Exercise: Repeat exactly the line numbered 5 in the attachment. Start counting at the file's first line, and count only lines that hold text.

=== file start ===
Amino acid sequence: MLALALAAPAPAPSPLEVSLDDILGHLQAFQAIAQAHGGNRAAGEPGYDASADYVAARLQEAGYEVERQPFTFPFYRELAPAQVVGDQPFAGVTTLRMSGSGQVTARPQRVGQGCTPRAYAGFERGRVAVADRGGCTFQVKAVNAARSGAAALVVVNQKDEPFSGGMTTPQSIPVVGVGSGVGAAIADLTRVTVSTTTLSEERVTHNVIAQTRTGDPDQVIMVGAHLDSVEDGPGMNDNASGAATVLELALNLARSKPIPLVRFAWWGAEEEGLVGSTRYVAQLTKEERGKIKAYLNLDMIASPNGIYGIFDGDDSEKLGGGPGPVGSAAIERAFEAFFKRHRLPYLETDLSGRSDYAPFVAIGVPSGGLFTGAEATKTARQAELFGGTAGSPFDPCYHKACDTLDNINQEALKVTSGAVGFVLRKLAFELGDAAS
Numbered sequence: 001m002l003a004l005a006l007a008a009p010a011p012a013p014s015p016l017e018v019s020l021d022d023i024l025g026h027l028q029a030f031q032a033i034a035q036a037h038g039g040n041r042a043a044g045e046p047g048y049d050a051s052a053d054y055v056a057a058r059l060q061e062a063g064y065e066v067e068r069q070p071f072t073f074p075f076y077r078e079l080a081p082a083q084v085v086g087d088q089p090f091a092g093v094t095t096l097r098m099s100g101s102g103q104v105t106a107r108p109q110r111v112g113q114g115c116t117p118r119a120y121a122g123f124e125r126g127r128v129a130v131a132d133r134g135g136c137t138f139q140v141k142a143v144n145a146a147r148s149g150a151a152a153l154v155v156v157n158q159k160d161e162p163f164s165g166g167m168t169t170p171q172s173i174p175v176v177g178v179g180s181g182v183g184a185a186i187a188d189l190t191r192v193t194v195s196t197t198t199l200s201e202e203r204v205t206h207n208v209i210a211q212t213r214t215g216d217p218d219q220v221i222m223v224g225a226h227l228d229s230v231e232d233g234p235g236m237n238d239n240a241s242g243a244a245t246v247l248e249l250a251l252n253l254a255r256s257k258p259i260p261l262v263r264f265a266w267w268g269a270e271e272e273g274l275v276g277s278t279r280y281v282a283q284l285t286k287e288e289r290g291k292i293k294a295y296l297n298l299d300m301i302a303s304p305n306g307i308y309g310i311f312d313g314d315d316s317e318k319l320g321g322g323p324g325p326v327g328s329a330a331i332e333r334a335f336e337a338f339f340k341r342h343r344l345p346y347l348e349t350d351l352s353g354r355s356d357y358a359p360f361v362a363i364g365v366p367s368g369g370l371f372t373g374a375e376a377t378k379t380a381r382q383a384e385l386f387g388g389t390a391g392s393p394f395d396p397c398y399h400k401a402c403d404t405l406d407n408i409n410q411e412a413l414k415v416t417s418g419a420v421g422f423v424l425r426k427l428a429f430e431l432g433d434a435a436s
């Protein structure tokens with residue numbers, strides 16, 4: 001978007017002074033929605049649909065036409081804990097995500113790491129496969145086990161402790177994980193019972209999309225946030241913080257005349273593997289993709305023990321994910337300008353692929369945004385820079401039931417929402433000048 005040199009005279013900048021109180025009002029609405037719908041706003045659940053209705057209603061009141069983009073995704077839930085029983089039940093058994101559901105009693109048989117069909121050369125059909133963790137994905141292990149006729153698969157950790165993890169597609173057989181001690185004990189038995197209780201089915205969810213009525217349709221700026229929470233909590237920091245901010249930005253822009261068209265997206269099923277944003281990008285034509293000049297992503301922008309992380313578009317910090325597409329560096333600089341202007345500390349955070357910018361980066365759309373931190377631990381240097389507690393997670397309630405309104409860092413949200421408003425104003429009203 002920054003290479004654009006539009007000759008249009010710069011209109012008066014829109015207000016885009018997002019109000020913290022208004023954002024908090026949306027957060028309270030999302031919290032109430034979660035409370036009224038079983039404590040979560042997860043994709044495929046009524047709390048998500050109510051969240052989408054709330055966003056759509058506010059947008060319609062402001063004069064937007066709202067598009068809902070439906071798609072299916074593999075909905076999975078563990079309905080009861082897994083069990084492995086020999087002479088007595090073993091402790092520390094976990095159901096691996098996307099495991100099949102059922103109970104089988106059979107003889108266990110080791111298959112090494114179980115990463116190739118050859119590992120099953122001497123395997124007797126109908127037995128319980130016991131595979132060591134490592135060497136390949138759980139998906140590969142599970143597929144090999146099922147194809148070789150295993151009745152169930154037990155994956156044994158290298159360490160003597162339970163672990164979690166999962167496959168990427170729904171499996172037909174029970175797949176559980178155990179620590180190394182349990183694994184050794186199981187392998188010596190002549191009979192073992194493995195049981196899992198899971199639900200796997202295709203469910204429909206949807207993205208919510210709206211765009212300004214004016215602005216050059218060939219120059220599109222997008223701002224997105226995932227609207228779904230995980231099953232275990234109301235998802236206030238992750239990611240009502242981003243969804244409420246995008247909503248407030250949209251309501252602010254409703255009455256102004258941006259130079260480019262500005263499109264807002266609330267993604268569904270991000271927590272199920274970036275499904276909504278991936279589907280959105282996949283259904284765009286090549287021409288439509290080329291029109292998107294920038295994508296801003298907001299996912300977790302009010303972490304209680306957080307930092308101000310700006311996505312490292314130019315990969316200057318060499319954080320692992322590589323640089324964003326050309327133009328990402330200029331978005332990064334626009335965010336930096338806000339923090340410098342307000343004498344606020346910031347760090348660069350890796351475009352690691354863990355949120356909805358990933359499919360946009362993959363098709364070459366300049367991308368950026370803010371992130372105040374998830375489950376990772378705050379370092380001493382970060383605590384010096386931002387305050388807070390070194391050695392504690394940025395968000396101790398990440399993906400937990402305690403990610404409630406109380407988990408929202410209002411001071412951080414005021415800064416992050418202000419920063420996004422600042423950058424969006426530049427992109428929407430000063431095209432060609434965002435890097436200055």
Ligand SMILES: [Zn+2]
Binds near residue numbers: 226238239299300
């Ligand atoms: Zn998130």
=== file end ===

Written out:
Binds near residue numbers: 226238239299300